By Chantel Delulio
A few years back HBO gave a, “Thanks but no thanks,” to Matthew Weiner and a little show called Mad Men. The period drama about the men and women of the 1960s advertising world and their Scotch induced misadventures went on to be picked up by AMC, a network that was known more for its John Wayne marathons than for its original programming. The show garnered record ratings for AMC and showers of accolades from critics and fans alike.
And you know HBO has been kicking themselves ever since.
So when the premium network announced Boardwalk Empire people couldn’t help but think they were trying to fill the Mad Men void. And there are some (superficial) similarities. It’s a period piece with high production values and prides itself on its historical details. As for credentials it boasts Martin Scorcese as an executive producer and as the director of the show’s pilot. Not to mention an impressive cast fronted by Steve Buscemi.
But after just two episodes Boardwalk Empire has informed its audience what kind of show it is. And if this really was HBO’s attempt to create another Mad Men it’s not necessarily the type of show that it wants to be.
Perhaps the most distinctive thing about Mad Men is how it depicts the reality of life. This has nothing to do with how accurately they depict the time period (although that is an exceptional aspect of the show) but how its storytelling reflects how, in real life, nothing is in black and white. It’s a rare thing to see on TV and it’s even rarer to see it on a show that has survived this long.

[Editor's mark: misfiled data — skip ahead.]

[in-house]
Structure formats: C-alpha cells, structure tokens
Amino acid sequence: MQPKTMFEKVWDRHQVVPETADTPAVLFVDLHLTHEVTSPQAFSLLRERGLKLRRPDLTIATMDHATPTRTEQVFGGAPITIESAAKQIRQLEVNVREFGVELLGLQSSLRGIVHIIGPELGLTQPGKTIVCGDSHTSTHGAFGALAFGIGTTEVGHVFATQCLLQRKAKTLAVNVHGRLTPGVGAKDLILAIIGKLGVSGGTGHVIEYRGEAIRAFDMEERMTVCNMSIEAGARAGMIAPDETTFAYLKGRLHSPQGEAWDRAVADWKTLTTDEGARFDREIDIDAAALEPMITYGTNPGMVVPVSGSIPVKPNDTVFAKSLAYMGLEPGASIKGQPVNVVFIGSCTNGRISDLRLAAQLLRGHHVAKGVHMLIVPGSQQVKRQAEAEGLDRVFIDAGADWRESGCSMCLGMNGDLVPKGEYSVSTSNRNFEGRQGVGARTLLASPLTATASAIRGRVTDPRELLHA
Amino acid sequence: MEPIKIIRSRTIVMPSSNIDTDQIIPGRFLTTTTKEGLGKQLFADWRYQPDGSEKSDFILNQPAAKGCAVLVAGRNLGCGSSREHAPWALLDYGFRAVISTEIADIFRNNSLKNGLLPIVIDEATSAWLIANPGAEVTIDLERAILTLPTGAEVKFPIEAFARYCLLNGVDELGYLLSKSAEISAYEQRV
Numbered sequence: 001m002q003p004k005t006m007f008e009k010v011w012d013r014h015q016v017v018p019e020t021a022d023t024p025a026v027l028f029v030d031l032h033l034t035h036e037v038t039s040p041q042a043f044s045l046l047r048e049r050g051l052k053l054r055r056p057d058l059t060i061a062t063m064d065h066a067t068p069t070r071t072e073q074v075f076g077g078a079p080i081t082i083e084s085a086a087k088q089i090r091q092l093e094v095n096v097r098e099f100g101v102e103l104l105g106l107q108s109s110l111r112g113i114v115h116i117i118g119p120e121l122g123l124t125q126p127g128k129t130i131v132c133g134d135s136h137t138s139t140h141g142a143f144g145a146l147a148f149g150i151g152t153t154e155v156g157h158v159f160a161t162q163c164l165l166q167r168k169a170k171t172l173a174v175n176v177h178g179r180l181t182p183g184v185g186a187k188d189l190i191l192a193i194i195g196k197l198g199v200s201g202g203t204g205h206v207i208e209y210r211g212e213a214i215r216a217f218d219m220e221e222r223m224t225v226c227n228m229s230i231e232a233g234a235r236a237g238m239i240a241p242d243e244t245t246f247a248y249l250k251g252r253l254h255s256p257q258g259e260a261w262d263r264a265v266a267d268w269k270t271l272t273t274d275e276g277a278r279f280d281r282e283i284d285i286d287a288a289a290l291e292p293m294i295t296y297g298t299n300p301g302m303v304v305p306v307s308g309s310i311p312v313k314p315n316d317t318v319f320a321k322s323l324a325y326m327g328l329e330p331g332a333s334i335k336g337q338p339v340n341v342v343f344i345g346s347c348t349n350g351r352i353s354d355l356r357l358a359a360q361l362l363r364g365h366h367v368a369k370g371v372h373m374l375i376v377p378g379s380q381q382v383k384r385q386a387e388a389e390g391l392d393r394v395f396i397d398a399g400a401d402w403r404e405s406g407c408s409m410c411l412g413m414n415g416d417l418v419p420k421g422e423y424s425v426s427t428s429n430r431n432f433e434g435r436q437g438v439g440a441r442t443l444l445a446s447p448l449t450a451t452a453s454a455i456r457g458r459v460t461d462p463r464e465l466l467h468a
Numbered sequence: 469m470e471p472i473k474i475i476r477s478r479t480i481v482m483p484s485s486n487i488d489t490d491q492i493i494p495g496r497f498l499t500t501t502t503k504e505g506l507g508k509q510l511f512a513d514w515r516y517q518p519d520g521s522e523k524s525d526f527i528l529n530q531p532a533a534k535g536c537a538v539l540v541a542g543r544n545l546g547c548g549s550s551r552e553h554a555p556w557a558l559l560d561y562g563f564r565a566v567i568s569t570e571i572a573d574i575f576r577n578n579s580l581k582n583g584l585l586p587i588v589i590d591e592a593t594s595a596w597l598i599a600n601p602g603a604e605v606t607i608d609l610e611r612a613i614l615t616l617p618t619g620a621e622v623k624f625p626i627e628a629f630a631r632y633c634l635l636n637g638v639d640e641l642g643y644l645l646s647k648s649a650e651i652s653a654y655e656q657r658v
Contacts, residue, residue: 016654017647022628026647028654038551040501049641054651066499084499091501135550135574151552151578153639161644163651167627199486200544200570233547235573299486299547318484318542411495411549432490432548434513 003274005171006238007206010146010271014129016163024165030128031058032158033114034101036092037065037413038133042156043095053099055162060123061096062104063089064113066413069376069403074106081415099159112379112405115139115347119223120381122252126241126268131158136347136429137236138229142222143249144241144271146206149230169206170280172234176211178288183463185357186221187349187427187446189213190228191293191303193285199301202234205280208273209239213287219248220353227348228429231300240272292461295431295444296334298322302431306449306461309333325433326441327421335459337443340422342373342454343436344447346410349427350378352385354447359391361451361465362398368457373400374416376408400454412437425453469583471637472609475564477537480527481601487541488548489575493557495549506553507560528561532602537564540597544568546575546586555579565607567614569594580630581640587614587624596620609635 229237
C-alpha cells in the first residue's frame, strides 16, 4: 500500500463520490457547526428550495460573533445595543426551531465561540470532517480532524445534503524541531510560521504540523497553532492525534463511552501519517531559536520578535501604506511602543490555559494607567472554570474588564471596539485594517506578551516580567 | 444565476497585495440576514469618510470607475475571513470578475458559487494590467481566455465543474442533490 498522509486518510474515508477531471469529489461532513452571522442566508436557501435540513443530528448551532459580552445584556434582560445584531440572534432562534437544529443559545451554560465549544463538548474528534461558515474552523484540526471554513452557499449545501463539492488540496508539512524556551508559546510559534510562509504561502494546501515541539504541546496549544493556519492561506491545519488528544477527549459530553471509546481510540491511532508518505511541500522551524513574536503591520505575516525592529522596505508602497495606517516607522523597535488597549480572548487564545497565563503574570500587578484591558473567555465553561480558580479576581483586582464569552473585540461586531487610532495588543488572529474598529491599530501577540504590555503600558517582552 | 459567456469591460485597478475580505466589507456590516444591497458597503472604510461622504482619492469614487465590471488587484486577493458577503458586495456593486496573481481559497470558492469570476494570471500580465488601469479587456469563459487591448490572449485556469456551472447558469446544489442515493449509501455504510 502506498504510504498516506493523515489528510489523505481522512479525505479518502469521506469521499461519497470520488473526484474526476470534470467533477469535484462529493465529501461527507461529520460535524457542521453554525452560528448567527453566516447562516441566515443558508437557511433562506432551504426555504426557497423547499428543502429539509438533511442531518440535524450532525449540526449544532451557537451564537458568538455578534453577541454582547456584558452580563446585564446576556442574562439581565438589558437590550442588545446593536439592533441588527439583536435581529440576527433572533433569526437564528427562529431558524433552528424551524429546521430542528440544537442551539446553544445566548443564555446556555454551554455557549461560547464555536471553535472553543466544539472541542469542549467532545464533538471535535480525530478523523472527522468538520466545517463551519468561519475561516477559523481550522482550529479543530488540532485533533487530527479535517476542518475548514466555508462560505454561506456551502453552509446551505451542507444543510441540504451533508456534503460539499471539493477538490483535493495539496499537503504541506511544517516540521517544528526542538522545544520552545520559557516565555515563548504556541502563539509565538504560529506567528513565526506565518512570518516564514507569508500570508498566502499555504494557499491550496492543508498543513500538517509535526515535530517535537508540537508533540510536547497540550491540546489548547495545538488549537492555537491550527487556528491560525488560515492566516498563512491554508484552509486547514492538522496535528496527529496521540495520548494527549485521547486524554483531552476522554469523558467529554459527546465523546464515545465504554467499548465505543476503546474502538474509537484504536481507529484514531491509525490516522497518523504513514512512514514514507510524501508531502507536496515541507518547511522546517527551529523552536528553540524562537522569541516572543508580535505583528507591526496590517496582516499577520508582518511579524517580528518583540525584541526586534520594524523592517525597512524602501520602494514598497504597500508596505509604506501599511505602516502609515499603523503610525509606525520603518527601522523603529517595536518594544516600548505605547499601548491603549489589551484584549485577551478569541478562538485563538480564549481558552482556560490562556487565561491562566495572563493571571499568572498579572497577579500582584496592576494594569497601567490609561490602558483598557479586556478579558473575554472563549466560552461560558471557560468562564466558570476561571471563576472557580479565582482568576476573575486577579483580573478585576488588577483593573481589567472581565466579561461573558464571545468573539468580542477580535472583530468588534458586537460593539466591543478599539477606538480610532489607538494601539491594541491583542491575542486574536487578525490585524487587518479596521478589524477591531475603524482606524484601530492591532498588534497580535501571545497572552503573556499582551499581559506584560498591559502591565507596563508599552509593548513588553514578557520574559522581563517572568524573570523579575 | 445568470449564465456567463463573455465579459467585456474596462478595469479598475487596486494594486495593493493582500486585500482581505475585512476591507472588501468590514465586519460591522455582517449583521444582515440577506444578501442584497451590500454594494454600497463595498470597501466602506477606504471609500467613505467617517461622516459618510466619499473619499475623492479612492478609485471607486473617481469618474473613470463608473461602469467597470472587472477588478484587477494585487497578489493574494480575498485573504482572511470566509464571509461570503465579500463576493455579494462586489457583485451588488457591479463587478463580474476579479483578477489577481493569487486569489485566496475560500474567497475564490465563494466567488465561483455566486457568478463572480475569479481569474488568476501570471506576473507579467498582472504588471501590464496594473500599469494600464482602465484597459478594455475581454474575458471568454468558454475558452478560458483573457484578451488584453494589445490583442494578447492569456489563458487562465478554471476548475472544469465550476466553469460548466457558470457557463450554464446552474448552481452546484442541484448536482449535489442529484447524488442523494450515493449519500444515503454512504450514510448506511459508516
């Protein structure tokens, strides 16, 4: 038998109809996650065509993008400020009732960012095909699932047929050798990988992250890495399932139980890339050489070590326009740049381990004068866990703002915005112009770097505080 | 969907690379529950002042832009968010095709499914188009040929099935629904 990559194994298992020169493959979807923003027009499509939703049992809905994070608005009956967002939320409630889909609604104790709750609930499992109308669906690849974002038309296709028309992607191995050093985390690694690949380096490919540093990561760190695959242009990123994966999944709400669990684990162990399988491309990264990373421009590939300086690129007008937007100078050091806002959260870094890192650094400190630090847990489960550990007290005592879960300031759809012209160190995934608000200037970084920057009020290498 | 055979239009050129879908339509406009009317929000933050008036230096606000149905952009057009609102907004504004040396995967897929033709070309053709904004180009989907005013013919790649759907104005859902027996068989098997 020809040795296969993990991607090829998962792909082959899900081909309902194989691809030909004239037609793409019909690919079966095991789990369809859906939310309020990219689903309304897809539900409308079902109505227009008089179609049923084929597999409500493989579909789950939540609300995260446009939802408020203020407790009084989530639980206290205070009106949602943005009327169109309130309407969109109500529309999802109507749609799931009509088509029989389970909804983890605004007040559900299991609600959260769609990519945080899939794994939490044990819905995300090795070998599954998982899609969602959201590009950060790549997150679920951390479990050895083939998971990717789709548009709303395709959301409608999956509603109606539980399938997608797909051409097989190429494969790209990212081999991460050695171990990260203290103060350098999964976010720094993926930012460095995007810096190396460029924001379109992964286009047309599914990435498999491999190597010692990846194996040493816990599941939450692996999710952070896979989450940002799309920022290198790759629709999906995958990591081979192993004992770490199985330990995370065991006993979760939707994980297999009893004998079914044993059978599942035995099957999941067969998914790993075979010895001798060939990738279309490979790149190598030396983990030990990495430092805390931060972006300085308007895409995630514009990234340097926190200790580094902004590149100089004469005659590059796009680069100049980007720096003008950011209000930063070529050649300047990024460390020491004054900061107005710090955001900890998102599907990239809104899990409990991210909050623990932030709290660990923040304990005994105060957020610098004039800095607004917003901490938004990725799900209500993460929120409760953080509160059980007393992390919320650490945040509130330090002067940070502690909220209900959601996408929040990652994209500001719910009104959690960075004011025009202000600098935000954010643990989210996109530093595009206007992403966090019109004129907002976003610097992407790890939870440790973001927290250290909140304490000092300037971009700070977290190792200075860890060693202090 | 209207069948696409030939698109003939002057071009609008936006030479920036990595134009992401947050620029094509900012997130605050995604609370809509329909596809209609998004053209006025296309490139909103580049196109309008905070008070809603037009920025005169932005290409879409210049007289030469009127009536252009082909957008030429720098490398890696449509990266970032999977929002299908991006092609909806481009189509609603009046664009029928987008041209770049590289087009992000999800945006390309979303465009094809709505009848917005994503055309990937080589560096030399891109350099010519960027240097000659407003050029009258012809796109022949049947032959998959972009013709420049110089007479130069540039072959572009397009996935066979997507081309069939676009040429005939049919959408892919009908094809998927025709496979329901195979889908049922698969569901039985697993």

On Mad Men the “good guys” can’t really be called good. They’re complex. And not in the cheap Daddy-issues-for-everyone! approach shows like Lost have taken. Don Draper (Jon Hamm), the show’s main character, is not a good guy. He’s a deserter, the worst kind of cad and he’s not exactly winning any Father of the Year awards. But he has his moments where he’s not a total bastard and it becomes hard to hate him. (Someone who takes their daughter to see The Beatles in concert simply can’t be all bad.)
On Boardwalk Empire, however, the good guys wear the proverbial white hats just as the hats of the bad guys maintain a stately shade of black. Enoch “Nucky” Thompson (Steve Buscemi) may be a brutal gangster and an anti-hero but we know that he’s got a heart of gold.
At the end of the pilot episode Nucky hears that a young Irish woman (Kelly Macdonald) who he earlier loaned money too was beaten by her husband who then went on to gamble said money away. So not only does Nucky bring her flowers and visit her in the hospital he has her husband murdered.
What a teddy bear.
The approach on Boardwalk Empire is more, well, Hollywood. For all its grit and its Scorcese-brand ruthlessness we still know what to expect of it because it fits in neatly with tried and true tropes of contemporary storytelling. There’s nothing wrong with this approach and it does not make Empire a bad show, not by a long shot.
But it’s not Mad Men. Not that it has to or should be. But if this really was HBO’s attempt to make up for passing on the gang over at Sterling Cooper Draper Pryce it’s missing that key element.